Violence and women

President Obama signed Thursday the reauthorization of the Violence Against Women Act, which was originally passed in 1994 under the leadership of then Sen. Joe Biden.

The law has been widely touted as effective in increasing government prosecution and conviction rates in crimes of violence against women.
Among other things it created a federal rape shield law to prevent offenders from using victims’ past conduct against them, mandated that victims not have to pay for rape exams and provided training for hundreds of thousands of law enforcement officers, prosecutors, judges, and personnel each year.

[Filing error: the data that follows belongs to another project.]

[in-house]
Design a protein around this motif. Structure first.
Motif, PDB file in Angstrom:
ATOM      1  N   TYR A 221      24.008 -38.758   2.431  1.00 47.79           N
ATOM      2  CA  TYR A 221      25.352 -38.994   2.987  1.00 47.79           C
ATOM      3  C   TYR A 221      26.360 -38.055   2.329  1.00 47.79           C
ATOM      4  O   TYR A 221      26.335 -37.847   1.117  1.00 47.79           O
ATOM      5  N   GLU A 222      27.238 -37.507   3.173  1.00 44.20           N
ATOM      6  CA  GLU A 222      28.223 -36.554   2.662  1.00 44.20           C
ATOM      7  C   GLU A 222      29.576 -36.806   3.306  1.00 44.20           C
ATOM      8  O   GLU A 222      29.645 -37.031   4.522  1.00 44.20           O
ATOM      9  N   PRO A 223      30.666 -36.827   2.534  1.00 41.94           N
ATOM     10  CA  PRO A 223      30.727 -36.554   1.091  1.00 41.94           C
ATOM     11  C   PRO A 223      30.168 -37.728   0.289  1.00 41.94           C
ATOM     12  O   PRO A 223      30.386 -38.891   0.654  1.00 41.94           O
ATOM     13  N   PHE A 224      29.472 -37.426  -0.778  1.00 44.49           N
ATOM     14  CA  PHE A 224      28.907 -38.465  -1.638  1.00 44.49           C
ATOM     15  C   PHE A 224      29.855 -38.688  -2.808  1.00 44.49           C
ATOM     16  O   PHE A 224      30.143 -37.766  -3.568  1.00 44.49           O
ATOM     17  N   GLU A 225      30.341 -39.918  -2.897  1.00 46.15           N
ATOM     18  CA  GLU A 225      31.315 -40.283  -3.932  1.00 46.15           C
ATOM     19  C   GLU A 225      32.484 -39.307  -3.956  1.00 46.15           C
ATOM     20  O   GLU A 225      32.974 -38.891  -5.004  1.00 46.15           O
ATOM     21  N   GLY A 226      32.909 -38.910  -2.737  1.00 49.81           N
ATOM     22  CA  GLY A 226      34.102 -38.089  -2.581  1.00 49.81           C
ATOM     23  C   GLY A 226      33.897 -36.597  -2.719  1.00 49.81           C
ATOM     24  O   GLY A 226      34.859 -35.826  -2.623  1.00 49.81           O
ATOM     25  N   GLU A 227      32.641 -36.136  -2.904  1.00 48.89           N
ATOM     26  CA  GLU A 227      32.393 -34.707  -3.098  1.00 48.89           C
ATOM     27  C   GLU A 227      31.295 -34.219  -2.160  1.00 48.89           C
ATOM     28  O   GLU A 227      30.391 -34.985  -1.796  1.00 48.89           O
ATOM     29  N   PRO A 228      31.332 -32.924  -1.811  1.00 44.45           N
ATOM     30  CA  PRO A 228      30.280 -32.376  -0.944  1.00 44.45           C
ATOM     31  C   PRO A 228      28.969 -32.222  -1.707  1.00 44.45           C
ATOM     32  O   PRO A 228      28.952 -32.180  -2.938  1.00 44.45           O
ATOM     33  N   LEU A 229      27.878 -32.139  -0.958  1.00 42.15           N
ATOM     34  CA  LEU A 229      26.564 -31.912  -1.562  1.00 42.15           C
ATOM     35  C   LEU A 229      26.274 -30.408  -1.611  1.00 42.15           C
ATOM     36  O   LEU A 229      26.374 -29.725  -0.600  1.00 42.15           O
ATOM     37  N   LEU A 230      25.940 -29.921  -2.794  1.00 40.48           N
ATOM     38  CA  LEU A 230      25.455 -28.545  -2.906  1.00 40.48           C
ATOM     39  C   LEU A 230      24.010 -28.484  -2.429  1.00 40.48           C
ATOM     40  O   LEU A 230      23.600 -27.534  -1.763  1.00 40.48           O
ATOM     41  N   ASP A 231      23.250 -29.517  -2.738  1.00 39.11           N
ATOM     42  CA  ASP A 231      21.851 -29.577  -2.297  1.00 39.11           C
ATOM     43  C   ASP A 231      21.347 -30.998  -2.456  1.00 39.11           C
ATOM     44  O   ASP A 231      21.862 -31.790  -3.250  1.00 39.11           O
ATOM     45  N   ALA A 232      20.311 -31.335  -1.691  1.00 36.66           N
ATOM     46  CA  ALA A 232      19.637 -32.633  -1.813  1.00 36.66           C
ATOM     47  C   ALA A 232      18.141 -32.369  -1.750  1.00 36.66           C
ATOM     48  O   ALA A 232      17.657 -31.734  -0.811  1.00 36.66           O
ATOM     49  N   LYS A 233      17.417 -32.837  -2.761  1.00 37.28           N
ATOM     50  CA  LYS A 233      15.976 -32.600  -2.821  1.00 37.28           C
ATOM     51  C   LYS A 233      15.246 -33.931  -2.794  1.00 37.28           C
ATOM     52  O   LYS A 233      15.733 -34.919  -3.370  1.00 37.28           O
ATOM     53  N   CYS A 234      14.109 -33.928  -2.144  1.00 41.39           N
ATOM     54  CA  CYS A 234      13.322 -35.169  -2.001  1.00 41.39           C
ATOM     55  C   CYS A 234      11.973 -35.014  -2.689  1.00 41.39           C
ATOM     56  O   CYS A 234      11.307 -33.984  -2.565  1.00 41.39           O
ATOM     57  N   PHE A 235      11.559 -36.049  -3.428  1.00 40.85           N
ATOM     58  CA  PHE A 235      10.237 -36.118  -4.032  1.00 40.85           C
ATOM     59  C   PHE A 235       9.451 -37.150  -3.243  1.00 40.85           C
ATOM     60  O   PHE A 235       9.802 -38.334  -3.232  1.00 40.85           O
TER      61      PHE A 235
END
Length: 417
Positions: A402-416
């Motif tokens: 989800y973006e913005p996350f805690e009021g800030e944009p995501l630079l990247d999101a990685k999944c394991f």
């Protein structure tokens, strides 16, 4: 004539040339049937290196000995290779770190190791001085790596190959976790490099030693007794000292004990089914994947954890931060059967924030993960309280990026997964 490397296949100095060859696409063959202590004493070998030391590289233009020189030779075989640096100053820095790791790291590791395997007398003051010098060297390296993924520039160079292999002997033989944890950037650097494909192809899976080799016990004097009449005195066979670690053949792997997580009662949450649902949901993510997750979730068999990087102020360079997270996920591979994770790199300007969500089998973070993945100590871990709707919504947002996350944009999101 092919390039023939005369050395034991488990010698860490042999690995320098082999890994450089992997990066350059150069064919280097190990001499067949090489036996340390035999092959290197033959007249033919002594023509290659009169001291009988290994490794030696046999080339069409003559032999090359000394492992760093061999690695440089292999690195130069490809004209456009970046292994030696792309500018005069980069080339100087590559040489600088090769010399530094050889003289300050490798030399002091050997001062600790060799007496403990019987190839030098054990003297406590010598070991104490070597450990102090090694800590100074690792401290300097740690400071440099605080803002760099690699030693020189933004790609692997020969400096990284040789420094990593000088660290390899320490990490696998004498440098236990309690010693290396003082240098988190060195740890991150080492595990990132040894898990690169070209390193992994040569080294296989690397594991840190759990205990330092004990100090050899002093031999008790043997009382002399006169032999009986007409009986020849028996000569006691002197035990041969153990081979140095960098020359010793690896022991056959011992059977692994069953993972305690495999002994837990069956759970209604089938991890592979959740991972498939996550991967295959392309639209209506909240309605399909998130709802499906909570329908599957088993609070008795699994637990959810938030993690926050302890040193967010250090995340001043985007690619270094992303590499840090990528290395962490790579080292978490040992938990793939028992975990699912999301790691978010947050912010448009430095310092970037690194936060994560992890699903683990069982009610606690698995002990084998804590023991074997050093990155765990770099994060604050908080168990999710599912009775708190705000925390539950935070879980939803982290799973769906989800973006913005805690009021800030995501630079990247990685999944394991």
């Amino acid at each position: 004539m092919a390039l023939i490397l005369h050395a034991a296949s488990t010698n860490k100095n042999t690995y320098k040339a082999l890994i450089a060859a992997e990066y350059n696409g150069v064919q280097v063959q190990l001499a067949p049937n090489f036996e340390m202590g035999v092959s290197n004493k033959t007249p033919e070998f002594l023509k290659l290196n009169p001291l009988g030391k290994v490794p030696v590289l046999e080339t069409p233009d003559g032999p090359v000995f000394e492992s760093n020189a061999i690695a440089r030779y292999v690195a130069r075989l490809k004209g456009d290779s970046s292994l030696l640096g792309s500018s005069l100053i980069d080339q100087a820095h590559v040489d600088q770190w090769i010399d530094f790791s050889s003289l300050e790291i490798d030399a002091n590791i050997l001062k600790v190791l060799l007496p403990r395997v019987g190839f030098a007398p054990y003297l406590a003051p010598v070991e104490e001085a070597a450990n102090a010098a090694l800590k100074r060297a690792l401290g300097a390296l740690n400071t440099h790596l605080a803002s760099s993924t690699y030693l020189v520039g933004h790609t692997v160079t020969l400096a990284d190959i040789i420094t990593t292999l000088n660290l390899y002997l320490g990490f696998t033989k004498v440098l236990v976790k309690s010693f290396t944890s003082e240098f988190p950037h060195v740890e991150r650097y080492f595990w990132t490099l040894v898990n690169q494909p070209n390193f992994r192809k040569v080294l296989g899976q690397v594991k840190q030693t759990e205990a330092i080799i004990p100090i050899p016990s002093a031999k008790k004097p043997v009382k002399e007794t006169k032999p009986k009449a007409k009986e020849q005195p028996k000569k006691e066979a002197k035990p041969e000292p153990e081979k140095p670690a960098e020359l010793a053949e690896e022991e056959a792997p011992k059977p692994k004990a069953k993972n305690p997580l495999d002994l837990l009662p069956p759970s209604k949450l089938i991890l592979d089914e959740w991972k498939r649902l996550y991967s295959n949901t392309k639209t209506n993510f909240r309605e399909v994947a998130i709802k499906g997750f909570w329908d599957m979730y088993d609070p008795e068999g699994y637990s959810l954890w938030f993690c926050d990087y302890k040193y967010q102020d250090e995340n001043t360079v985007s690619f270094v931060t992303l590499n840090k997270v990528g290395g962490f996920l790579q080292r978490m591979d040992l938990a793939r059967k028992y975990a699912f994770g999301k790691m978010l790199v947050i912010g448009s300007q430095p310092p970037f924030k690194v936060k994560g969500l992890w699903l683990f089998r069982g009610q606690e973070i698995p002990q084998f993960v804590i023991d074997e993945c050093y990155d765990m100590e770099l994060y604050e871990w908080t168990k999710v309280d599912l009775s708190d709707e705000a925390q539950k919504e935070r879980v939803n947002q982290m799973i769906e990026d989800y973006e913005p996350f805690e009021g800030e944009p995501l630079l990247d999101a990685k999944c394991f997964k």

The reauthorization also closed a loophole in the law that left many Native American women without the protection afforded to others, according to U.S. Attorney General Eric Holder.
Here in Mississippi, the law results in about $5 million a year for several programs to deal with rape and other forms of domestic violence.
The law enjoyed strong bi-partisan support, as it should have. Mississippi’s two senators, Thad Cochran and Roger Wicker voted for it. So did Representatives Bennie Thompson and Gregg Harper.
But our own congressman, Rep. Alan Nunnelee joined Rep. Steven Palazzo in voting against it. That is troubling to us and should be troubling to everyone in this congressional district.
Nunnelee seems to be increasingly on the fringe of responsible government, even within his own political party. It’s not the place to be.